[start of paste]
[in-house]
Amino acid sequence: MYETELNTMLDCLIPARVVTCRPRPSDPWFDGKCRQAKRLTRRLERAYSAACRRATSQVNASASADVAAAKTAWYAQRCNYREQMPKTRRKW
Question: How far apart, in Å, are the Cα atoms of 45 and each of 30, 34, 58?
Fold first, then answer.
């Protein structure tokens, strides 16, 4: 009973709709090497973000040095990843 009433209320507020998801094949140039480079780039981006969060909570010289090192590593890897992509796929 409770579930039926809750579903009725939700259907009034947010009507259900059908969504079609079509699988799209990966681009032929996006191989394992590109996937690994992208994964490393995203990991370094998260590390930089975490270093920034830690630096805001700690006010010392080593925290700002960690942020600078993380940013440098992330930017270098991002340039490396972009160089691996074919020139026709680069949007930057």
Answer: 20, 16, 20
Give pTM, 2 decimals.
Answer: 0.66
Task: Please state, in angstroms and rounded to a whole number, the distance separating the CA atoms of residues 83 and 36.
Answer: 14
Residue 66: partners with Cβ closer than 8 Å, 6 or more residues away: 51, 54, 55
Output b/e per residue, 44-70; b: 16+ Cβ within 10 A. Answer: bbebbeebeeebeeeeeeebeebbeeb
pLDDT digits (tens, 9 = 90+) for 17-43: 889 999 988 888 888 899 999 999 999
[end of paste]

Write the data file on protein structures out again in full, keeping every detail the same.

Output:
[in-house]
Amino acid sequence: MYETELNTMLDCLIPARVVTCRPRPSDPWFDGKCRQAKRLTRRLERAYSAACRRATSQVNASASADVAAAKTAWYAQRCNYREQMPKTRRKW
Question: How far apart, in Å, are the Cα atoms of 45 and each of 30, 34, 58?
Fold first, then answer.
């Protein structure tokens, strides 16, 4: 009973709709090497973000040095990843 009433209320507020998801094949140039480079780039981006969060909570010289090192590593890897992509796929 409770579930039926809750579903009725939700259907009034947010009507259900059908969504079609079509699988799209990966681009032929996006191989394992590109996937690994992208994964490393995203990991370094998260590390930089975490270093920034830690630096805001700690006010010392080593925290700002960690942020600078993380940013440098992330930017270098991002340039490396972009160089691996074919020139026709680069949007930057």
Answer: 20, 16, 20
Give pTM, 2 decimals.
Answer: 0.66
Task: Please state, in angstroms and rounded to a whole number, the distance separating the CA atoms of residues 83 and 36.
Answer: 14
Residue 66: partners with Cβ closer than 8 Å, 6 or more residues away: 51, 54, 55
Output b/e per residue, 44-70; b: 16+ Cβ within 10 A. Answer: bbebbeebeeebeeeeeeebeebbeeb
pLDDT digits (tens, 9 = 90+) for 17-43: 889 999 988 888 888 899 999 999 999